The Great Train Robbery of 1963 was arguably the most famous heist in British history. Five career criminals, led by antiques dealer Bruce Reynolds, learned through a mysterious informant – who has never been identified – about the schedule of a Post Office mail train that regularly carried large sums of cash from Glasgow to London’s Euston station.
After several months of planning, and the recruitment of accomplices, they carried out their plot in the early hours of 8 August.
The gang tampered with a railway signal, forcing the train to stop. They then took control of the train, assaulting the driver, who died a few years afterwards. After uncoupling the engine and the carriage containing the money, they drove the train to a prearranged meeting place and loaded the money onto a truck.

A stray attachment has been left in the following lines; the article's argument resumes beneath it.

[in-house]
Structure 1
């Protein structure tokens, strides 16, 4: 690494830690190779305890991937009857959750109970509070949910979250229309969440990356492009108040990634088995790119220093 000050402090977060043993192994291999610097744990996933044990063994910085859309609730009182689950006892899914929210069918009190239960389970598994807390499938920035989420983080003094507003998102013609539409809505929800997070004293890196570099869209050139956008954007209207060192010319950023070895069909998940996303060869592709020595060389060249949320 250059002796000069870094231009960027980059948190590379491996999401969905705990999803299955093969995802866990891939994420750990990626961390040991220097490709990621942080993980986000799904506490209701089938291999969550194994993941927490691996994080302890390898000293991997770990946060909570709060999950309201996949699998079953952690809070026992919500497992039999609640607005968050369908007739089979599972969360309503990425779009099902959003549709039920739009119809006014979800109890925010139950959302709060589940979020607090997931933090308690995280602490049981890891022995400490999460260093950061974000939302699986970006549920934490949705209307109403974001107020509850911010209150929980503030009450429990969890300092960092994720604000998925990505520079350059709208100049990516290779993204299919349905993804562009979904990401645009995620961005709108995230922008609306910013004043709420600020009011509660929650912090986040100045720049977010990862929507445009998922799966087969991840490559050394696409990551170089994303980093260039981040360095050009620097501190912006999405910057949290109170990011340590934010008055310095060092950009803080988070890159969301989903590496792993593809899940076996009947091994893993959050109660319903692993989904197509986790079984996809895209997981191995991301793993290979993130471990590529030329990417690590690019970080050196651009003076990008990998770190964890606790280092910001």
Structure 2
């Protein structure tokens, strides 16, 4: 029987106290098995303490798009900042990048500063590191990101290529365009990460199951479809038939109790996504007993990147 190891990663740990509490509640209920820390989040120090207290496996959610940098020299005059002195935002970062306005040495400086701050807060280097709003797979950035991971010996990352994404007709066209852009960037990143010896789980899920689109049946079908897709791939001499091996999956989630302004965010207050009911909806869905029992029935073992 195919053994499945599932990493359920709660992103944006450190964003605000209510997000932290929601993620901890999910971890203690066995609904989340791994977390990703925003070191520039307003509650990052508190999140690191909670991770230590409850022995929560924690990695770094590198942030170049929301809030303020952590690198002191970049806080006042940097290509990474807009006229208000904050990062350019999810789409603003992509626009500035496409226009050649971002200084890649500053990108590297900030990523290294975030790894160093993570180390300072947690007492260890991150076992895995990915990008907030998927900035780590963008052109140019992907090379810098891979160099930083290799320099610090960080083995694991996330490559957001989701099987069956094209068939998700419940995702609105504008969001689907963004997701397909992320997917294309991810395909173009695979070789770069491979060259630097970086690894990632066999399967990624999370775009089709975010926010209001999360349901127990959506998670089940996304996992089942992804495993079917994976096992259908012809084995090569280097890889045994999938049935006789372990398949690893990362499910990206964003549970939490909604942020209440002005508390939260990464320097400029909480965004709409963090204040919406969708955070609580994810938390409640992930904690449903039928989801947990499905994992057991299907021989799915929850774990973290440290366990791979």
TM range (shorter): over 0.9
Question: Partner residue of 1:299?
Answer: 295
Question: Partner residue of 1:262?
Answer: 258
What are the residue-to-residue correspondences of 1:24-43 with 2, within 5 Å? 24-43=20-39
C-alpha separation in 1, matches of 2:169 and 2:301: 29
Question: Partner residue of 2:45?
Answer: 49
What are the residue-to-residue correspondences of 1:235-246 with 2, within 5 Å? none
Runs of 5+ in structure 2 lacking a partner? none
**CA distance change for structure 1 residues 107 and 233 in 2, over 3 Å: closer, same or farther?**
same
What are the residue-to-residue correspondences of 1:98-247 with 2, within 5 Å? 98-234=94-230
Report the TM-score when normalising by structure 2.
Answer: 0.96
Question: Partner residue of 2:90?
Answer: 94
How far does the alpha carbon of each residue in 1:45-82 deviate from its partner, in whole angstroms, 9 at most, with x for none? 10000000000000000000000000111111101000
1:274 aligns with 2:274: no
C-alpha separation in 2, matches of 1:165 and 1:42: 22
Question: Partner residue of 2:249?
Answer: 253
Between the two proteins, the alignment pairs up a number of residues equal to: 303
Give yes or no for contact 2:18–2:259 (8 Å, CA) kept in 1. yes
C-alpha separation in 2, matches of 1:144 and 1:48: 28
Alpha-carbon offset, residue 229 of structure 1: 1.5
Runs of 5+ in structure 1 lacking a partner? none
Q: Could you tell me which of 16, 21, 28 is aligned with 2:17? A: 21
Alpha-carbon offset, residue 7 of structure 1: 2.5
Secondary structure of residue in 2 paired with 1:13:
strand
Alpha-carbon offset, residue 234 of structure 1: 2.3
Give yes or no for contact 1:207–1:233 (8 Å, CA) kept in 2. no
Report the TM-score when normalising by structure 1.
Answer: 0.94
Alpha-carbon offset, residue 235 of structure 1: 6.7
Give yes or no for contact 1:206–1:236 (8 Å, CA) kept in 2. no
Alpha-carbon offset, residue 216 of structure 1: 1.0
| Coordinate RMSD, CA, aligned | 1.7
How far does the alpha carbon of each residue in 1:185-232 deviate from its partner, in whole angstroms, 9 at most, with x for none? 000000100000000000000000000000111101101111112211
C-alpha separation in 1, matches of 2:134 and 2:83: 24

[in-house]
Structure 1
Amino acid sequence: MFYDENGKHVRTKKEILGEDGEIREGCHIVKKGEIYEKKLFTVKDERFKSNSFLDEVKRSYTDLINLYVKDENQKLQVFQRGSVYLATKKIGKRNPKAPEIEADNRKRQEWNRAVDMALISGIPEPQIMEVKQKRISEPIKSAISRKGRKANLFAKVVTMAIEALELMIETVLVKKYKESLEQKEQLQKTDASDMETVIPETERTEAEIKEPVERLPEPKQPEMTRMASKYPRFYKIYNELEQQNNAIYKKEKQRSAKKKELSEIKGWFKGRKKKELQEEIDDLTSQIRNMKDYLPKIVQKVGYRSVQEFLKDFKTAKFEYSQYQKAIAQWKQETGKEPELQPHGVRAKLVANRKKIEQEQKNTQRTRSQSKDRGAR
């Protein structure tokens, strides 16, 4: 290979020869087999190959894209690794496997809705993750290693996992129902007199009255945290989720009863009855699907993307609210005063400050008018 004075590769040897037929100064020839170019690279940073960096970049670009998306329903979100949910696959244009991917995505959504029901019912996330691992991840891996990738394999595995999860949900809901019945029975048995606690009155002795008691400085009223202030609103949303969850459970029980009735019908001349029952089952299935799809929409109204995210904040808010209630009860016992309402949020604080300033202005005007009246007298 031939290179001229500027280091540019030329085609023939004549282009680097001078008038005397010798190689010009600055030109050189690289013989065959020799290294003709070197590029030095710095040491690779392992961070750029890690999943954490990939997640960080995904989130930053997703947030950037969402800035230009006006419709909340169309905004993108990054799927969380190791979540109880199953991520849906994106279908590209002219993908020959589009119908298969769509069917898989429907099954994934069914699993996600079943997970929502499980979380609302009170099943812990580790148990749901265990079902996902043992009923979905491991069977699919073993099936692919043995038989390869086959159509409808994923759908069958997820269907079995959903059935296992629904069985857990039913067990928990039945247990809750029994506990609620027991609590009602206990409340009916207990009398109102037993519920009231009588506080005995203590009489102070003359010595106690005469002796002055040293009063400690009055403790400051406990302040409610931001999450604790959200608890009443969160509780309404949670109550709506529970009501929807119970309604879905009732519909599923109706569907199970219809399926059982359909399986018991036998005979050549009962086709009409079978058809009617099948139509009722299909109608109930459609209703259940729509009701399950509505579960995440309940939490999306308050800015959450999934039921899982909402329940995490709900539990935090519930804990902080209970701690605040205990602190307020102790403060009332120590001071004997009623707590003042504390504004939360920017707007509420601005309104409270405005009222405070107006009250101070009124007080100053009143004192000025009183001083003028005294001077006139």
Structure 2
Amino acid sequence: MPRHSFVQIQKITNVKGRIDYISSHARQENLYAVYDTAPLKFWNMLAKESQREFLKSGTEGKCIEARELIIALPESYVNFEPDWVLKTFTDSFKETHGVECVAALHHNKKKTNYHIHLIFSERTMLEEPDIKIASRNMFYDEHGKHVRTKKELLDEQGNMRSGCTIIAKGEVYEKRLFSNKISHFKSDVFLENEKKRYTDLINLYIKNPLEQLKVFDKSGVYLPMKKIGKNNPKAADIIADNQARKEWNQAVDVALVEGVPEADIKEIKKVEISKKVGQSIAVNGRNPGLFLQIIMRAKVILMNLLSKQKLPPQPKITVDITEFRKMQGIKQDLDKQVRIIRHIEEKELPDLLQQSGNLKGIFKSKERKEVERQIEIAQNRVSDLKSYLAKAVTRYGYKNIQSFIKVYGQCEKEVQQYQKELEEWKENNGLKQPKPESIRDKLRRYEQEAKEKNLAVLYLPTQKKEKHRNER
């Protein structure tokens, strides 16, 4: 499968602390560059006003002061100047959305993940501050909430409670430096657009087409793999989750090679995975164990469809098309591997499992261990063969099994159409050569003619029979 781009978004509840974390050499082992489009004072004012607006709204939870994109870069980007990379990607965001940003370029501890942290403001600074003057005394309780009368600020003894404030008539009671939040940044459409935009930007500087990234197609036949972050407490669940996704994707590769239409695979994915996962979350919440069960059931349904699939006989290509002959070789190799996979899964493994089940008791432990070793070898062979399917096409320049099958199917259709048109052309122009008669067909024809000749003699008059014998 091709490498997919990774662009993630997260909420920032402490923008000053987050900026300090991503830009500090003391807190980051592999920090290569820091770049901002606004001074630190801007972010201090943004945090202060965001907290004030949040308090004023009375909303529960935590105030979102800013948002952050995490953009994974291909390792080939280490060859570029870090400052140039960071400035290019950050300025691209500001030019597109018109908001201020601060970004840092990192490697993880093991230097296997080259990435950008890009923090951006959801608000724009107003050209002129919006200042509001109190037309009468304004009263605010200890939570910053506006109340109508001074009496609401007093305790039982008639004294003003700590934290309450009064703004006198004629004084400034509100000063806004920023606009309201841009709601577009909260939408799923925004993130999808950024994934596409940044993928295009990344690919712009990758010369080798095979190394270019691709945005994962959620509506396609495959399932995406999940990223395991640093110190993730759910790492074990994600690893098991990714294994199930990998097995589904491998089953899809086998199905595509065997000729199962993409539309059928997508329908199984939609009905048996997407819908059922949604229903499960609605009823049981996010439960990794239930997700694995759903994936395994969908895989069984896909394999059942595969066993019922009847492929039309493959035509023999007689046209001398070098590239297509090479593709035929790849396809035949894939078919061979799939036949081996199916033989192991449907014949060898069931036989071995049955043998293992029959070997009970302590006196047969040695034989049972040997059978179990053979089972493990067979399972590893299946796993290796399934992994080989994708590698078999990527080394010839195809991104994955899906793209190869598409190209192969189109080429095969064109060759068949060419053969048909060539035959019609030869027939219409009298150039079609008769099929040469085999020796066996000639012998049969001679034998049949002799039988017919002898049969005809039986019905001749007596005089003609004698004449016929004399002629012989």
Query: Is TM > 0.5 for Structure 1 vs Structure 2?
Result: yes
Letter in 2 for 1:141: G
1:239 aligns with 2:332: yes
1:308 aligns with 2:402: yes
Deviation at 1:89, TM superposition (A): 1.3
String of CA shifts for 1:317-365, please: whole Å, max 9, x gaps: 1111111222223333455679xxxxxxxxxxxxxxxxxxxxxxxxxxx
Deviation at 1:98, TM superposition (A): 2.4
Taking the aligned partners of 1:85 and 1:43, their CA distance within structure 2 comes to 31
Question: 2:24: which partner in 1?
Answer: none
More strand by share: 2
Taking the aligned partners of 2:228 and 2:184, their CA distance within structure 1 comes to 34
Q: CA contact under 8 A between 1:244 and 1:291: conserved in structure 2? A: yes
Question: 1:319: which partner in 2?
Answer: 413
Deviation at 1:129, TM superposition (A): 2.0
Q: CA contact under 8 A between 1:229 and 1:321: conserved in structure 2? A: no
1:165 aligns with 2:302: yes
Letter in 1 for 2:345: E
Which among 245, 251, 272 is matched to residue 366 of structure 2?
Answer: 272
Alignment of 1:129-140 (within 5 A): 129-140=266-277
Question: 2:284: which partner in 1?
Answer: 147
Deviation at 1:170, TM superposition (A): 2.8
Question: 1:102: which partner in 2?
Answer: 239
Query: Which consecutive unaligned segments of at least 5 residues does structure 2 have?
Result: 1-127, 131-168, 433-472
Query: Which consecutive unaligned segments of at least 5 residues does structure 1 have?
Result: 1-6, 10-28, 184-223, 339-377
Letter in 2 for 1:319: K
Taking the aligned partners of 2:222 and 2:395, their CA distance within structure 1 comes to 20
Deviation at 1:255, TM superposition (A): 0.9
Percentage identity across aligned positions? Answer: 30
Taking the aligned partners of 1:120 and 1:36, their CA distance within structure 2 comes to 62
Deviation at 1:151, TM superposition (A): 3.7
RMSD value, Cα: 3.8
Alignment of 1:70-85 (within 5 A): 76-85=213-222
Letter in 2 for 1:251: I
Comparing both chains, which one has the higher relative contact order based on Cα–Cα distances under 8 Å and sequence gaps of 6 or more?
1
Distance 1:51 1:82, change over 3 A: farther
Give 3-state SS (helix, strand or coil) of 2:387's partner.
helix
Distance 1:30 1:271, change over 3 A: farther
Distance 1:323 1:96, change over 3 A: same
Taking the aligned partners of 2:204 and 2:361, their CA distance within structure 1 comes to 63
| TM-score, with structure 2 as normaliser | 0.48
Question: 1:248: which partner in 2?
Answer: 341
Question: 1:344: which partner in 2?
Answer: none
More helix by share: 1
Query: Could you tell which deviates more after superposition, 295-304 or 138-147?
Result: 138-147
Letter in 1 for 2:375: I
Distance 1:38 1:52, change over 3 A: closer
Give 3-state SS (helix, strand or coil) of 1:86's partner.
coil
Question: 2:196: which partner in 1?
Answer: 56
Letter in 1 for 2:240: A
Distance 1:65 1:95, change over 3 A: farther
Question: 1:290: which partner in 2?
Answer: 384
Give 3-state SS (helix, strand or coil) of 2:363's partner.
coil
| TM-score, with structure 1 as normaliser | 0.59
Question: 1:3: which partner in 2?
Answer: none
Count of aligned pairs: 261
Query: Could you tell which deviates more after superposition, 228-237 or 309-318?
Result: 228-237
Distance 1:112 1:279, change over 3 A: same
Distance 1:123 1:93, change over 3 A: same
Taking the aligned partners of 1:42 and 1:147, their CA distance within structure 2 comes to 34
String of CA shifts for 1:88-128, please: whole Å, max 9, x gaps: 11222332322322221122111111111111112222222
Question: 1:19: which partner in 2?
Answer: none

While some of the cash was overlooked, they got away with £2.6m in cash, equivalent to £46.1m in 2013’s money.
The size of the theft and rumours that the crooks had inside help led to huge amounts of press coverage. The breakthrough came when the police discovered the gang’s hideout, where they found a Monopoly board and ketchup bottle covered with fingerprints. Eleven gang members were arrested and convicted, with seven being given 30-year sentences, but in most cases these were eventually reduced to ten years or less.
The costs of legal fees, or life on the run, would ensure that most of them would end up penniless. Indeed, Ronnie Biggs returned to Britain in 2001 after escaping from jail in 1965 because he couldn’t afford medical care in Brazil.